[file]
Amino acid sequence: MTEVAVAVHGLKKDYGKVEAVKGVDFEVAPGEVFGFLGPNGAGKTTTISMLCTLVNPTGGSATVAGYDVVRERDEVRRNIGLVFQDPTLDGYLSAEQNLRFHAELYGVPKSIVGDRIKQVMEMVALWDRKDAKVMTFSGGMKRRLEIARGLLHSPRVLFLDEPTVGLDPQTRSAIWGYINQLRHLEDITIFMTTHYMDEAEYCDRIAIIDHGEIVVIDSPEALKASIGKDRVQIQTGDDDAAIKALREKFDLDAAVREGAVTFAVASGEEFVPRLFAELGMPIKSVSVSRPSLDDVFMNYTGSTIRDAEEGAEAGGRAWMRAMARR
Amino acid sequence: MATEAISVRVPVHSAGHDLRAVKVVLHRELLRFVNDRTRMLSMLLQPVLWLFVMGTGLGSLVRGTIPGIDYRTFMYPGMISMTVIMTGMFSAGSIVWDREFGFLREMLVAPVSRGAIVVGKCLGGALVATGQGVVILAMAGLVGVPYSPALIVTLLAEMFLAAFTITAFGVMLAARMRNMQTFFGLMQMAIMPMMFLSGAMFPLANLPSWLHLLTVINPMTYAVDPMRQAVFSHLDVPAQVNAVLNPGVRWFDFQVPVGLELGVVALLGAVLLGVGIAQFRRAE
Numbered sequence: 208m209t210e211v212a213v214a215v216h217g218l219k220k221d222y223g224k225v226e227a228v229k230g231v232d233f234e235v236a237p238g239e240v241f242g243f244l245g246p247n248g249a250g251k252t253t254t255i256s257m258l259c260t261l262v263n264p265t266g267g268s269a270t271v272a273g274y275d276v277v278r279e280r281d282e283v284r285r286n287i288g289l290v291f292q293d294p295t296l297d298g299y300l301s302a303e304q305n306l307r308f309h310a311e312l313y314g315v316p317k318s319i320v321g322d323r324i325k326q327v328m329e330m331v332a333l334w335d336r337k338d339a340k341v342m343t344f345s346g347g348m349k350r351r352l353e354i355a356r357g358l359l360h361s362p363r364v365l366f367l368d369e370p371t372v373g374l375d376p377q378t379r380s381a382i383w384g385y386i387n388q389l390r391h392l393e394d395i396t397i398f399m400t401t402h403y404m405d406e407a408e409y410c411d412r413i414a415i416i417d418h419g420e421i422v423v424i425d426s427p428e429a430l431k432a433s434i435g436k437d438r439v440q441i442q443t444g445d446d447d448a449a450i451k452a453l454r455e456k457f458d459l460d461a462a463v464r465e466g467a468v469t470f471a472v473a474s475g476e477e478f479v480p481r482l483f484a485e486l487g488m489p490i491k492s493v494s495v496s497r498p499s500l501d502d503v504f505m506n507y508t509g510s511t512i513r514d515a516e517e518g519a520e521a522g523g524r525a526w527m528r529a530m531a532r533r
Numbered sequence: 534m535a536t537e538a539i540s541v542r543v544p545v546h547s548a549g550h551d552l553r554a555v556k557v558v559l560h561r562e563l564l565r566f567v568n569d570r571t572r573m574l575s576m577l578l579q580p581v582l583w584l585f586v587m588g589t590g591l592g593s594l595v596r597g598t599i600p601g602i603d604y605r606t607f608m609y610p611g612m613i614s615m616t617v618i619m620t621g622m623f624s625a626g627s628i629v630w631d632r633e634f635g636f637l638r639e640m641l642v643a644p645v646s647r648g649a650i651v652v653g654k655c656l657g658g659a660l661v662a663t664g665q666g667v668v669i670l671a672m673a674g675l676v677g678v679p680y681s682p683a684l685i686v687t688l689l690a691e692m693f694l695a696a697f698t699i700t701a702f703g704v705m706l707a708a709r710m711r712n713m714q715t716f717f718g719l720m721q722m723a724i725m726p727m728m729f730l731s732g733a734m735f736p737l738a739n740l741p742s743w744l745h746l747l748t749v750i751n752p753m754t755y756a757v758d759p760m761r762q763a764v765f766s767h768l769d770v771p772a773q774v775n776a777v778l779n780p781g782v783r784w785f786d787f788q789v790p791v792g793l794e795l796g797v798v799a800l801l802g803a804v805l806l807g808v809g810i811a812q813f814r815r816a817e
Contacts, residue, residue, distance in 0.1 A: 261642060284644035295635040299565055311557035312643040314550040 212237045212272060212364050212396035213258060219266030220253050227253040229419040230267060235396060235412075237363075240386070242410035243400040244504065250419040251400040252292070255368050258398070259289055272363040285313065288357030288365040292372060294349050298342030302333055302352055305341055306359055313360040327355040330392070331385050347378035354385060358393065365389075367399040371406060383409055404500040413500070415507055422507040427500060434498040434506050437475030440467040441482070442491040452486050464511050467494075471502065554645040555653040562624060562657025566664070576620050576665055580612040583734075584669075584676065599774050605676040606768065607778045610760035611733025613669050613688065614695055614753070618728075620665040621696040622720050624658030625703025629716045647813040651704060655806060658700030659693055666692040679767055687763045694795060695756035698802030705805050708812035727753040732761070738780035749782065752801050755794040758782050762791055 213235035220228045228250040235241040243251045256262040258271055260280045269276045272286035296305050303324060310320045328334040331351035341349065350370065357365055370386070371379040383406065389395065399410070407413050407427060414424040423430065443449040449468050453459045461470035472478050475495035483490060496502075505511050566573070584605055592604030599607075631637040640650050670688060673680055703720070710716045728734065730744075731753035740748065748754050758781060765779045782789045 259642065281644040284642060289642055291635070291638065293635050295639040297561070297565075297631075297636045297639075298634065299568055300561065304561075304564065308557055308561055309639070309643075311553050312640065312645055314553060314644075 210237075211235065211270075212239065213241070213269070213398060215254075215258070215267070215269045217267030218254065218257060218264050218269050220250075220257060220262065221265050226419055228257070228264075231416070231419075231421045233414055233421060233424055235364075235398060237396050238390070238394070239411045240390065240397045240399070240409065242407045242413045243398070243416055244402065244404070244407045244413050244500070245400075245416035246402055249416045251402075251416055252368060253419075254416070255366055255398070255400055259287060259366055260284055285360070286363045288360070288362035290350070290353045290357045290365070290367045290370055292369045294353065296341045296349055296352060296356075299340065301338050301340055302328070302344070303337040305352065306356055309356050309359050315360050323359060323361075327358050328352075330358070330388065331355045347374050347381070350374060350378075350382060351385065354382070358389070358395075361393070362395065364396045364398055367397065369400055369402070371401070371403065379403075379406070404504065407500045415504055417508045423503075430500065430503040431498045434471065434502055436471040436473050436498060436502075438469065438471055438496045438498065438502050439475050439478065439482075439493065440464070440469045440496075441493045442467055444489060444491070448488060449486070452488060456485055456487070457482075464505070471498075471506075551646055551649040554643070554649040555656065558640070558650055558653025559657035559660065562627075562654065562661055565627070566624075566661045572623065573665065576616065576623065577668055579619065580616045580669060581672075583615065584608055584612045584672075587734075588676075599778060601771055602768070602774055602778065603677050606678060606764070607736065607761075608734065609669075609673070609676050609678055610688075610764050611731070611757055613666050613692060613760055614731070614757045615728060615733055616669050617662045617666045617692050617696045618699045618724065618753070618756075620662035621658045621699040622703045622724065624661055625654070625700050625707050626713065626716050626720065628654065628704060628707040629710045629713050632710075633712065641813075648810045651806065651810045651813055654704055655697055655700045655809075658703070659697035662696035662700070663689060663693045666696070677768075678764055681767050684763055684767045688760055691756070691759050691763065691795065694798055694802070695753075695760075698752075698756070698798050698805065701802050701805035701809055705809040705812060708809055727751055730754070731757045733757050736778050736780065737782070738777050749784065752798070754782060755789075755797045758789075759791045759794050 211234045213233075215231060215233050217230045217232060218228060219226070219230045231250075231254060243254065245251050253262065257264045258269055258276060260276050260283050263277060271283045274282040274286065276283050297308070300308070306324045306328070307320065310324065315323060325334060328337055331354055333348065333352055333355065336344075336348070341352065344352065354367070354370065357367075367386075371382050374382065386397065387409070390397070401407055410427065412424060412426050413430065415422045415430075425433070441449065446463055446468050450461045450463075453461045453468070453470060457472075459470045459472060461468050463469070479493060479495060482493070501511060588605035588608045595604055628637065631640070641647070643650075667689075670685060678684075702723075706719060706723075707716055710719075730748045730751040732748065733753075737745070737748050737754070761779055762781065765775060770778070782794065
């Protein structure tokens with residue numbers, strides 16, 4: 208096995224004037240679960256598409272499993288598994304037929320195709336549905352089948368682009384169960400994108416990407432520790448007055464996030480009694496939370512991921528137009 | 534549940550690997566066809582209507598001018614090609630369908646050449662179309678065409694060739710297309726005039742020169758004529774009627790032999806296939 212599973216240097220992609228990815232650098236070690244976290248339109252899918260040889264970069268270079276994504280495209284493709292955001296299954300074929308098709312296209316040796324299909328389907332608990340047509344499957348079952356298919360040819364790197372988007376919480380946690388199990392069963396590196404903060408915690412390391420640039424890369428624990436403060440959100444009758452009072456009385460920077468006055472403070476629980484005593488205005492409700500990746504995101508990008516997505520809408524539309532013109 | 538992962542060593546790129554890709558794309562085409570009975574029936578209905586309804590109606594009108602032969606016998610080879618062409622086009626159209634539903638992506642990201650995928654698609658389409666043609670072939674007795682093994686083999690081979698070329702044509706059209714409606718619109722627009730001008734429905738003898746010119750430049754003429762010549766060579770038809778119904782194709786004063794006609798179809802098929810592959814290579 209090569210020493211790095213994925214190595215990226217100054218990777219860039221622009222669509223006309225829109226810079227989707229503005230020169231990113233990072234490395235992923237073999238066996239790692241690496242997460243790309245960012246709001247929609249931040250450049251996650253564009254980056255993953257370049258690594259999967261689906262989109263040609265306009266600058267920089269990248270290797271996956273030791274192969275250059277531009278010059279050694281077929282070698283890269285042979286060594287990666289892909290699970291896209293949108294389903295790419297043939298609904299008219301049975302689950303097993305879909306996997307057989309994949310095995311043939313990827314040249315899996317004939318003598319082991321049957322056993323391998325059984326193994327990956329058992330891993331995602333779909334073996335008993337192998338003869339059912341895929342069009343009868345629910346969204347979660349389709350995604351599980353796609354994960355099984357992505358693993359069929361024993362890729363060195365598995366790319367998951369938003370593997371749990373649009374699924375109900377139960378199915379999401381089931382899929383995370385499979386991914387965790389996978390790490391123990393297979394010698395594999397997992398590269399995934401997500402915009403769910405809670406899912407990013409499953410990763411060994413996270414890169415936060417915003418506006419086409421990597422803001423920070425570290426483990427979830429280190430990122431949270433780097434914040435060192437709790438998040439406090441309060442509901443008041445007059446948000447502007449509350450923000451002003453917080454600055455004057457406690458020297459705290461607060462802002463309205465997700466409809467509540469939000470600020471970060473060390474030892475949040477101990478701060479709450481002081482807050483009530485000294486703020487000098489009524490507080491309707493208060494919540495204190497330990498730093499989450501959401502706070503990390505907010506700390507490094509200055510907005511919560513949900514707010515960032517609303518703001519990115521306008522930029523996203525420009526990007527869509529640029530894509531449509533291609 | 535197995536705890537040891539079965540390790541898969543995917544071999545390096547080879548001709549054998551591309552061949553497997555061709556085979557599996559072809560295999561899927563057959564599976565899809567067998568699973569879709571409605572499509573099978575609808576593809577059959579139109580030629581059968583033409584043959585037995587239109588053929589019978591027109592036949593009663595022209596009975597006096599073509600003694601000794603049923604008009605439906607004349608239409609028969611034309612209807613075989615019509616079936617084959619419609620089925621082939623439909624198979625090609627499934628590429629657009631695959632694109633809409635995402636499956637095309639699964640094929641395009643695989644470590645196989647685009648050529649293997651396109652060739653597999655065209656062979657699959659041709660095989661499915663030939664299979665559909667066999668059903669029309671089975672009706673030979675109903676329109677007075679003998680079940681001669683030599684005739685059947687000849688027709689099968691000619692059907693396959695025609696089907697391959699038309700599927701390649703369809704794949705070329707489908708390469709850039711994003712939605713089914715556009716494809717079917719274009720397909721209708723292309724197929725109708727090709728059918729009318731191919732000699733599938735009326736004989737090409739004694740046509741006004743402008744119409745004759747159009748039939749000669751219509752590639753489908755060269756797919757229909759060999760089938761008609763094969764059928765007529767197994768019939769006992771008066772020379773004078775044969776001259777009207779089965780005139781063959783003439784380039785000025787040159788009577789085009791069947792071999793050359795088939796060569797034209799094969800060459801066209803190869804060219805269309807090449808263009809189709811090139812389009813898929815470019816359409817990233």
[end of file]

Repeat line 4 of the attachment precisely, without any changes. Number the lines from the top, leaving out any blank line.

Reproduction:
Numbered sequence: 534m535a536t537e538a539i540s541v542r543v544p545v546h547s548a549g550h551d552l553r554a555v556k557v558v559l560h561r562e563l564l565r566f567v568n569d570r571t572r573m574l575s576m577l578l579q580p581v582l583w584l585f586v587m588g589t590g591l592g593s594l595v596r597g598t599i600p601g602i603d604y605r606t607f608m609y610p611g612m613i614s615m616t617v618i619m620t621g622m623f624s625a626g627s628i629v630w631d632r633e634f635g636f637l638r639e640m641l642v643a644p645v646s647r648g649a650i651v652v653g654k655c656l657g658g659a660l661v662a663t664g665q666g667v668v669i670l671a672m673a674g675l676v677g678v679p680y681s682p683a684l685i686v687t688l689l690a691e692m693f694l695a696a697f698t699i700t701a702f703g704v705m706l707a708a709r710m711r712n713m714q715t716f717f718g719l720m721q722m723a724i725m726p727m728m729f730l731s732g733a734m735f736p737l738a739n740l741p742s743w744l745h746l747l748t749v750i751n752p753m754t755y756a757v758d759p760m761r762q763a764v765f766s767h768l769d770v771p772a773q774v775n776a777v778l779n780p781g782v783r784w785f786d787f788q789v790p791v792g793l794e795l796g797v798v799a800l801l802g803a804v805l806l807g808v809g810i811a812q813f814r815r816a817e